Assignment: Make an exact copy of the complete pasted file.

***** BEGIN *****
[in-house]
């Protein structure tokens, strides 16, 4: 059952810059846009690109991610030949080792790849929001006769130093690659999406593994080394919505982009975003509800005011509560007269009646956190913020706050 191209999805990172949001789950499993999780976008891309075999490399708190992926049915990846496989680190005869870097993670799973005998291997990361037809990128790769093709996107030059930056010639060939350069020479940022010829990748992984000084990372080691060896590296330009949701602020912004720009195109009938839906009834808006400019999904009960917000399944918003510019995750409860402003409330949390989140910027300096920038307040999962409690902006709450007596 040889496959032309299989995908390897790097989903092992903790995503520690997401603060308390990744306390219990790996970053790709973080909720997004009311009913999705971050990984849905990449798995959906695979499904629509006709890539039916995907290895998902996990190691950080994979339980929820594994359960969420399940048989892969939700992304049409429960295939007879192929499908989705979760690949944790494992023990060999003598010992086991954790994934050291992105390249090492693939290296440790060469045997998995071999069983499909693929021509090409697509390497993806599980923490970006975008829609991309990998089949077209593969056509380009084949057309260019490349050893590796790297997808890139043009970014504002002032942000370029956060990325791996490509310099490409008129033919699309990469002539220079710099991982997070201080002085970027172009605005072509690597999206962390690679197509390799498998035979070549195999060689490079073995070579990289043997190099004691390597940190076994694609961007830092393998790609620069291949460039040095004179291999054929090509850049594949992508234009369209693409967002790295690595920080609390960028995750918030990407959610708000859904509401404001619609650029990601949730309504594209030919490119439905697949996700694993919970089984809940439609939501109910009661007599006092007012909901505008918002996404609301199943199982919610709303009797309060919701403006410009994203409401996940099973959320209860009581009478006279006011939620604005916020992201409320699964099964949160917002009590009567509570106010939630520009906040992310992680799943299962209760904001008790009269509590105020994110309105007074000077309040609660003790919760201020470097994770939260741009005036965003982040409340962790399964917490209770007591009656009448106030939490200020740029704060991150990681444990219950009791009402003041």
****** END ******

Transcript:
[in-house]
């Protein structure tokens, strides 16, 4: 059952810059846009690109991610030949080792790849929001006769130093690659999406593994080394919505982009975003509800005011509560007269009646956190913020706050 191209999805990172949001789950499993999780976008891309075999490399708190992926049915990846496989680190005869870097993670799973005998291997990361037809990128790769093709996107030059930056010639060939350069020479940022010829990748992984000084990372080691060896590296330009949701602020912004720009195109009938839906009834808006400019999904009960917000399944918003510019995750409860402003409330949390989140910027300096920038307040999962409690902006709450007596 040889496959032309299989995908390897790097989903092992903790995503520690997401603060308390990744306390219990790996970053790709973080909720997004009311009913999705971050990984849905990449798995959906695979499904629509006709890539039916995907290895998902996990190691950080994979339980929820594994359960969420399940048989892969939700992304049409429960295939007879192929499908989705979760690949944790494992023990060999003598010992086991954790994934050291992105390249090492693939290296440790060469045997998995071999069983499909693929021509090409697509390497993806599980923490970006975008829609991309990998089949077209593969056509380009084949057309260019490349050893590796790297997808890139043009970014504002002032942000370029956060990325791996490509310099490409008129033919699309990469002539220079710099991982997070201080002085970027172009605005072509690597999206962390690679197509390799498998035979070549195999060689490079073995070579990289043997190099004691390597940190076994694609961007830092393998790609620069291949460039040095004179291999054929090509850049594949992508234009369209693409967002790295690595920080609390960028995750918030990407959610708000859904509401404001619609650029990601949730309504594209030919490119439905697949996700694993919970089984809940439609939501109910009661007599006092007012909901505008918002996404609301199943199982919610709303009797309060919701403006410009994203409401996940099973959320209860009581009478006279006011939620604005916020992201409320699964099964949160917002009590009567509570106010939630520009906040992310992680799943299962209760904001008790009269509590105020994110309105007074000077309040609660003790919760201020470097994770939260741009005036965003982040409340962790399964917490209770007591009656009448106030939490200020740029704060991150990681444990219950009791009402003041």